Moon-destroying beam weapons are very lethal tools for things like perimeter defense, laying down flak cover, and mobile assault, but because they are so tech-intensive, their purchase can be somewhat complex and detail-laden, not to mention hazardous to the purse. Provided one is not anything beyond criminally insane in the first place, one will likely find that it is fairly straightforward and surprisingly economical to have one soon enough with a little dose of persistence, I find. In some instances, trading in an older pulse cannon or gauss rifle can help reduce the cost of the ultraviolet laser battery you wish to purchase.

Grinning Skull (friendfeed (external link))

One good head on your shoulders means nine on your shelf

playmobilI do love my extensive holdings in cranial fare — shrunken heads, stuffed heads, and antique skulls — and think fondly back to my early days when I had to worry about how to build a head collection on a budget and it was just me and my own wherewithal to provide my first few accessions. These early pieces are not my rarest acquisitions or the most valuable from a strictly dollars and cents point of view, but I would not part with them for a goodly fraction of the world, sentimentalist I am. Now and then I rotate one of these to the front of my display case as sort of reminder of how far I have come over the years, silent witnesses of the early struggles and the hard-won triumphs that made every subsequent accomplishment of mine possible. But knowing as I do that it is a trap to dwell too much in the past, I try not to leave them out too long, knowing also that casual viewers of my collection (including those minions who are themselves younger than those capital assets) are most unlikely to understand the deeper significance.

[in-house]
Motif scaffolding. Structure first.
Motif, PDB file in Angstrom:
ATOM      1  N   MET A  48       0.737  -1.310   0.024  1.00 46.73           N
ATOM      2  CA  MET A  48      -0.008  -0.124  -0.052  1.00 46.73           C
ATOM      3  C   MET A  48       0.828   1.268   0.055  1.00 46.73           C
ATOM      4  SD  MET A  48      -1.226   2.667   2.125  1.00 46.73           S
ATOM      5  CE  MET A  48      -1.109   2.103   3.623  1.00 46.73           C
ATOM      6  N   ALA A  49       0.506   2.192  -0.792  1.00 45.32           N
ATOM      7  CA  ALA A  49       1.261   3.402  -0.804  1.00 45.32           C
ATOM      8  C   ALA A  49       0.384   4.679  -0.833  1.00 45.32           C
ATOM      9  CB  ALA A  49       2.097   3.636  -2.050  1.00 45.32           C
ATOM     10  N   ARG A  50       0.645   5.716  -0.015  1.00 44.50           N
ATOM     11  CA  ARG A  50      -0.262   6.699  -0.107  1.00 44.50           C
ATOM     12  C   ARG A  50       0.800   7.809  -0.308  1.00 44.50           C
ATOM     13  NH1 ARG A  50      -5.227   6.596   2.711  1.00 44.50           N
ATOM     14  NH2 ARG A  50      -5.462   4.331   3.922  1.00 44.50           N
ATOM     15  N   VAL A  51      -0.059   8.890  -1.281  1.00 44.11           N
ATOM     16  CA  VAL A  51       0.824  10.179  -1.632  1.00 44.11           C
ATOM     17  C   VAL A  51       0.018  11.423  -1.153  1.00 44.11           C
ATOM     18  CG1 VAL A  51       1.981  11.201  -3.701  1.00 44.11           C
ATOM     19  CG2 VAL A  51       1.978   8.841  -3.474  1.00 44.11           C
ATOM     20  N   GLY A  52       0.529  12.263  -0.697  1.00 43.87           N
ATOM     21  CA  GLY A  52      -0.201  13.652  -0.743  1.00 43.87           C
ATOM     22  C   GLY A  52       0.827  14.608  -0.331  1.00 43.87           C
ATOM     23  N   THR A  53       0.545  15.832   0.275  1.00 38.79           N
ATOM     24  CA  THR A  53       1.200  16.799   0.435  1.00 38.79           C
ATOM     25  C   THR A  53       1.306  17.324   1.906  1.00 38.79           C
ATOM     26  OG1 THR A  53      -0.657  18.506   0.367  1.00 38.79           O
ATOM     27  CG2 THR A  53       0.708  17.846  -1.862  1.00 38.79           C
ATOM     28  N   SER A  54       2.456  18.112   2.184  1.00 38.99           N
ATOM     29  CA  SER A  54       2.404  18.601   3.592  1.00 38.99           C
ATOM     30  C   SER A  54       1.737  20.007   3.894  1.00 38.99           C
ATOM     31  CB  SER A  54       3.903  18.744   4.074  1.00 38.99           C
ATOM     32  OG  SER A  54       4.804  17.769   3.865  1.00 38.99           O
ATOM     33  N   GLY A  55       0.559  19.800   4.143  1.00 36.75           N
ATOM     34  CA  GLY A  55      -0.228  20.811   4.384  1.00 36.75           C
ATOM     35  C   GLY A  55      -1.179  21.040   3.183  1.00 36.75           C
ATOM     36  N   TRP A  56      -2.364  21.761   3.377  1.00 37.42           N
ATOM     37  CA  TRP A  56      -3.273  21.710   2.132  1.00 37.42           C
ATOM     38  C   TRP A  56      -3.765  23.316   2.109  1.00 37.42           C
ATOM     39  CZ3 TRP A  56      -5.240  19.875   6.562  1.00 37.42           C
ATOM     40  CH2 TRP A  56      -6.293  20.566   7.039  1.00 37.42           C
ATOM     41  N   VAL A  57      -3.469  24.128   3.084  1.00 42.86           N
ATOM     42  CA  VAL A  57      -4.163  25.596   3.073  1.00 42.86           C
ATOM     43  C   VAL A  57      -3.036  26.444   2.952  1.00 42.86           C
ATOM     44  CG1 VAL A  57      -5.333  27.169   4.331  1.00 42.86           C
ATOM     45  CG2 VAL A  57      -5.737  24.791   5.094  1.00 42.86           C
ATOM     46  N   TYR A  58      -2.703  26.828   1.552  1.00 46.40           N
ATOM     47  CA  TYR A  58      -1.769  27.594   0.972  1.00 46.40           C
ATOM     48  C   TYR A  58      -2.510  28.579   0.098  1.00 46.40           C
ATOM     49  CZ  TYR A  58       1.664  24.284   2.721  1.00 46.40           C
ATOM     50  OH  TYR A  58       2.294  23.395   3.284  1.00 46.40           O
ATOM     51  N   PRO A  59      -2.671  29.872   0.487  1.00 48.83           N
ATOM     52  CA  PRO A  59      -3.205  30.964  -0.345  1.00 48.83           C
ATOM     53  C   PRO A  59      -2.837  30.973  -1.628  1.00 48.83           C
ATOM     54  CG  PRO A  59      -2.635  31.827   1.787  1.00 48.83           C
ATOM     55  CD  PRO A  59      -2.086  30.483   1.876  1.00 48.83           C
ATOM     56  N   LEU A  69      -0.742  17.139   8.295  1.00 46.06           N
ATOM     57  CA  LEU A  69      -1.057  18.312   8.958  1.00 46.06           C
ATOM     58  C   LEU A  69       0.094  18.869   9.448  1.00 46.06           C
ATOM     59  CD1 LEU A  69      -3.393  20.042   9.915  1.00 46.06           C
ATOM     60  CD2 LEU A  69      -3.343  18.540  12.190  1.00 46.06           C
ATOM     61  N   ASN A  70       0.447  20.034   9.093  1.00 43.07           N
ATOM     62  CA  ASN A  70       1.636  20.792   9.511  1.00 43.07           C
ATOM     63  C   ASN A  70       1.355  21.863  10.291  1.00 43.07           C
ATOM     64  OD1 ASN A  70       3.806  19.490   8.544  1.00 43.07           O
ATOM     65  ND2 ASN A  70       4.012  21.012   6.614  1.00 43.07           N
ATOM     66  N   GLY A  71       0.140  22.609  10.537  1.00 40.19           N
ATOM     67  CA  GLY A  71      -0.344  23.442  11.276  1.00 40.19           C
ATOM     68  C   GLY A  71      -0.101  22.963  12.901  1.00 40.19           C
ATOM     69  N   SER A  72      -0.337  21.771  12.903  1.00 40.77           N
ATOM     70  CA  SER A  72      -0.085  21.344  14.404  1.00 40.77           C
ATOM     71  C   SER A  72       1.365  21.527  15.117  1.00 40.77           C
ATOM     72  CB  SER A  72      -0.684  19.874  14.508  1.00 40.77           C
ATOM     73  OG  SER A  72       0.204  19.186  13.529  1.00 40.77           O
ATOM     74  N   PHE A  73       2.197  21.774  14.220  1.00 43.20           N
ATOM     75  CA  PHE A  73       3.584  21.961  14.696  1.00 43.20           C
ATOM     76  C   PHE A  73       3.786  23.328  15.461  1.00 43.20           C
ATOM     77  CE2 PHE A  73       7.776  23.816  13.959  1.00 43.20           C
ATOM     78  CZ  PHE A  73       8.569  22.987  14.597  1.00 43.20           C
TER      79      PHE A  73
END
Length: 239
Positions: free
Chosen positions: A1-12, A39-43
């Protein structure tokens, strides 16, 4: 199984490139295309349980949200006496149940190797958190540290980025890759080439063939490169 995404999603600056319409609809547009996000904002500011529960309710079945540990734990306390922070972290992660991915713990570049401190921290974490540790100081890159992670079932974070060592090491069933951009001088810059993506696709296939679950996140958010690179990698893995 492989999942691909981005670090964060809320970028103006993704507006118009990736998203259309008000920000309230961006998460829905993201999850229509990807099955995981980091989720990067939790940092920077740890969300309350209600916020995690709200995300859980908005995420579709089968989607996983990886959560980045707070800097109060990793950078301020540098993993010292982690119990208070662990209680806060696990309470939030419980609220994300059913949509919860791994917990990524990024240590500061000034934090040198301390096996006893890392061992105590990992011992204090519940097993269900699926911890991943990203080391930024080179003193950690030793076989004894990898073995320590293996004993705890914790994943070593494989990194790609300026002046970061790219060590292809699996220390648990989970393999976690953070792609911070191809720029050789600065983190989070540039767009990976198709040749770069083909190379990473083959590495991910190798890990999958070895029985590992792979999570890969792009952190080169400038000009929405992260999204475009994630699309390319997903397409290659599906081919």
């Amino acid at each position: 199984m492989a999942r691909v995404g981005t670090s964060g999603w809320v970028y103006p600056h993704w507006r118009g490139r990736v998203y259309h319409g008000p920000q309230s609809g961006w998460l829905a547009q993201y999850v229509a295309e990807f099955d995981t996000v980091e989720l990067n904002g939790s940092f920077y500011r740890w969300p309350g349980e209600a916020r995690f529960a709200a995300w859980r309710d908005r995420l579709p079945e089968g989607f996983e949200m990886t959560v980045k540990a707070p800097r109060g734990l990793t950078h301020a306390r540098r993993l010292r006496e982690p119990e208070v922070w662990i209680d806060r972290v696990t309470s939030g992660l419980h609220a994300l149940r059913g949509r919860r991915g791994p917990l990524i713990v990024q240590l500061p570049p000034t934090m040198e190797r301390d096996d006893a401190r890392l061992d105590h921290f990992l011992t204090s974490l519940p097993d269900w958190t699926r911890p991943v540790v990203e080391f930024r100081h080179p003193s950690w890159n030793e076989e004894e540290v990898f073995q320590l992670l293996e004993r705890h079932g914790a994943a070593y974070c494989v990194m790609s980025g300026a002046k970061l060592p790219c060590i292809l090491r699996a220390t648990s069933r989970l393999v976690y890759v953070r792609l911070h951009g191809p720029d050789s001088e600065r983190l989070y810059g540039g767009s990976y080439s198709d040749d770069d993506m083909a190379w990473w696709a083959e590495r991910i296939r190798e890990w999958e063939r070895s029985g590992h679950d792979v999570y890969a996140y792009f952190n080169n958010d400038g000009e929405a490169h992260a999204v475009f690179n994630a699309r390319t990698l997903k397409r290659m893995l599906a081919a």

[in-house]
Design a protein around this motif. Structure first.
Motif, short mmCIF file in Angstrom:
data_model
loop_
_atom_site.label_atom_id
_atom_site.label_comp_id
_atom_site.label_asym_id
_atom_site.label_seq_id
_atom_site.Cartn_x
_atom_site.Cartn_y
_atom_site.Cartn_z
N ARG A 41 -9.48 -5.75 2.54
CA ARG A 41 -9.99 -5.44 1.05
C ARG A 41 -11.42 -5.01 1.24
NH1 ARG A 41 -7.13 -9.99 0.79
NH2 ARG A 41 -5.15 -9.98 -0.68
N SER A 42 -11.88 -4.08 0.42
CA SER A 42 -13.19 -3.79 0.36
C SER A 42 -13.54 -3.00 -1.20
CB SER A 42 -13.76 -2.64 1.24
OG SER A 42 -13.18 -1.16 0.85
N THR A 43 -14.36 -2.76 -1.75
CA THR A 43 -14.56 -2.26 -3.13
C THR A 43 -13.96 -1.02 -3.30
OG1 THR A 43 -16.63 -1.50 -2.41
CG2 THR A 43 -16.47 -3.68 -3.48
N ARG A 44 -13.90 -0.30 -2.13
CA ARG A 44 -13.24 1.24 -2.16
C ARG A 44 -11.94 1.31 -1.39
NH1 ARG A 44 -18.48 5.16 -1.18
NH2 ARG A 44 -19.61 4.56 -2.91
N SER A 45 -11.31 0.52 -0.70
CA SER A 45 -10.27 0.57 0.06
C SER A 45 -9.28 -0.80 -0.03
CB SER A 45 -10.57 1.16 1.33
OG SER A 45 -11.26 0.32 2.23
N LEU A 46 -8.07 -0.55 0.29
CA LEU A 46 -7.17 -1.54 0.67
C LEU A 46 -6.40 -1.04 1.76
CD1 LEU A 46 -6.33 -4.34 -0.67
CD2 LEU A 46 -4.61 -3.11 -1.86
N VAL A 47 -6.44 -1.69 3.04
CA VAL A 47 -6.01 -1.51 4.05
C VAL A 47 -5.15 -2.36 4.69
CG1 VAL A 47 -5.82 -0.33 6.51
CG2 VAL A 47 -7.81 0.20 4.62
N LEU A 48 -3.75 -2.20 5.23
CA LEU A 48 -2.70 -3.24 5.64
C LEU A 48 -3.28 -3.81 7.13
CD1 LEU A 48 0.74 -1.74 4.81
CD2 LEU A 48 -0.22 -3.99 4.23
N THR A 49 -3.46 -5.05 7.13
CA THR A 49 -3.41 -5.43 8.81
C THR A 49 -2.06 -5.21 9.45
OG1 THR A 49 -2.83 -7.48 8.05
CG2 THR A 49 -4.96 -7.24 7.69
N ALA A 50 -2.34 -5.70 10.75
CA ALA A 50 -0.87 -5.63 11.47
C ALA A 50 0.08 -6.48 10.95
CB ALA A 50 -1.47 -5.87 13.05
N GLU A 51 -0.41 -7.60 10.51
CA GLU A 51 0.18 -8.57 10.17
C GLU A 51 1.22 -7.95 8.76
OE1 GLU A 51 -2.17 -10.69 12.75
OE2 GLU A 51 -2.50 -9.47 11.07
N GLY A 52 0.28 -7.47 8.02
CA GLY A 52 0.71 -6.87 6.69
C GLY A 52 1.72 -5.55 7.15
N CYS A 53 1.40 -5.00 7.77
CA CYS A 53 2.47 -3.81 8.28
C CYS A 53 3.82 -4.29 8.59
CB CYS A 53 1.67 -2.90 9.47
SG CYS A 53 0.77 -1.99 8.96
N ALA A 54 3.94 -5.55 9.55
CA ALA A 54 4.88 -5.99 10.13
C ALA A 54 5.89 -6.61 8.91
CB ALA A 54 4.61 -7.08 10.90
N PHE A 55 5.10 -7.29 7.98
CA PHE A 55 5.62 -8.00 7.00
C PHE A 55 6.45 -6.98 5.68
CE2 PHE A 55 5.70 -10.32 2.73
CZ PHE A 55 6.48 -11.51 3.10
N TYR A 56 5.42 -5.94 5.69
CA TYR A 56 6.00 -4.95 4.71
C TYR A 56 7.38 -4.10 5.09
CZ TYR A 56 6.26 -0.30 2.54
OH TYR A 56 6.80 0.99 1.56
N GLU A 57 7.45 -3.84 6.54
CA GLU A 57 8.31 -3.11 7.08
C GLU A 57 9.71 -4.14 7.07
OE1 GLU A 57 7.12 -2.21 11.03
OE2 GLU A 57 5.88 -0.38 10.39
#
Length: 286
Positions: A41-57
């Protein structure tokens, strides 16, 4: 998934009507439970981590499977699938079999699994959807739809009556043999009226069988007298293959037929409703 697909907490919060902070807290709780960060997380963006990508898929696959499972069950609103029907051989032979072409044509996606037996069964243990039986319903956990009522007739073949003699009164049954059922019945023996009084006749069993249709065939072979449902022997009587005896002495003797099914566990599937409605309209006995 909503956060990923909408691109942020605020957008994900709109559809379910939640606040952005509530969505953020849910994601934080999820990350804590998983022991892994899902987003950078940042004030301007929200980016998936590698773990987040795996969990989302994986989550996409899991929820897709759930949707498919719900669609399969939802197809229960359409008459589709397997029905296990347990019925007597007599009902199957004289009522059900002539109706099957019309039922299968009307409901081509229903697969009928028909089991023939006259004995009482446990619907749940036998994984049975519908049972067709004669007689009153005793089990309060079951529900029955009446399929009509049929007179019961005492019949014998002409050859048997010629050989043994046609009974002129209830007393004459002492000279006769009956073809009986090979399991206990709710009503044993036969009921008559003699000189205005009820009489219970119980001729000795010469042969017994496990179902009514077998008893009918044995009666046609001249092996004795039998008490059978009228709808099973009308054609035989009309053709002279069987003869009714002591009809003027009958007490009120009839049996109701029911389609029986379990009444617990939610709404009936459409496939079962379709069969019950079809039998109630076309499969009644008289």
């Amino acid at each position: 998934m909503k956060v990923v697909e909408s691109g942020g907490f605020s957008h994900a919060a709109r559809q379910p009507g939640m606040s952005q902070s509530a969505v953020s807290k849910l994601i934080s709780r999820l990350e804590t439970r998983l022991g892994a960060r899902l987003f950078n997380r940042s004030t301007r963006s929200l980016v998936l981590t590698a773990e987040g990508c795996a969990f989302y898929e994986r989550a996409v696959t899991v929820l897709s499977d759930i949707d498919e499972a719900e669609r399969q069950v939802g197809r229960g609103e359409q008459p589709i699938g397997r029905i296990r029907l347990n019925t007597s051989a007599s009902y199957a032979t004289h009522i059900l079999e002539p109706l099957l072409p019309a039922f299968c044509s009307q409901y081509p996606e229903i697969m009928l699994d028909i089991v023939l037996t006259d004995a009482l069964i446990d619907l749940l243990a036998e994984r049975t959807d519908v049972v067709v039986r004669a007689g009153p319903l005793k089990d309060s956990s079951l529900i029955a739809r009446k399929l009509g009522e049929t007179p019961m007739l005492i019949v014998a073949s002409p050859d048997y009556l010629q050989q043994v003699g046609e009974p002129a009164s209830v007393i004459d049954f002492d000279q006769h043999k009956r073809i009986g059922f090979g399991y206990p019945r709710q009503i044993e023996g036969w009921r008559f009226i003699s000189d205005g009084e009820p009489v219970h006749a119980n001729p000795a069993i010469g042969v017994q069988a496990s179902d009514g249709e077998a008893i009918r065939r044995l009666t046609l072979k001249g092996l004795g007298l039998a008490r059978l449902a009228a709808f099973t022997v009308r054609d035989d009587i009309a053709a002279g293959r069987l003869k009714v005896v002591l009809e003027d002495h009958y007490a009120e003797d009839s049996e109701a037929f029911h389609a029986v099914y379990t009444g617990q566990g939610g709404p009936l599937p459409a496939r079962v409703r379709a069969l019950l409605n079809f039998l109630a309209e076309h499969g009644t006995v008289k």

What is it that they say, "Dead men don't tell tales" or something along those lines? Well, yes and no. There is a certain silent eloquence, a promise that is whispered to the attentive and appreciative viewer, a steadfast witness of what once was and what might again be, among these cherished mementos of a bygone era.

Grinning Skull (friendfeed (external link))

Time out, all of you

What I do when my responsibilities threaten to overwhelm the 24 hours one is allotted within a day is to call upon my supervillainous expertise to speed myself up, usually within my private sanctum, in order to shut out the madding world and concentrate on what is important to me. From my point of view looking out, however, the effect is effectively the same thing as stopping time for the universe at large. It is a bit costly, to be sure, both in terms of running the generators and the bodily toll on me personally, but to be able to manufacture time on my own terms whenever I need it for my own unspeakable ends is something beyond price to me. Toying with the fundamental rules of space and time is part of what sets me apart from the run of the mill slaves who are helpless to the cruel twenty-four hour a day allotment.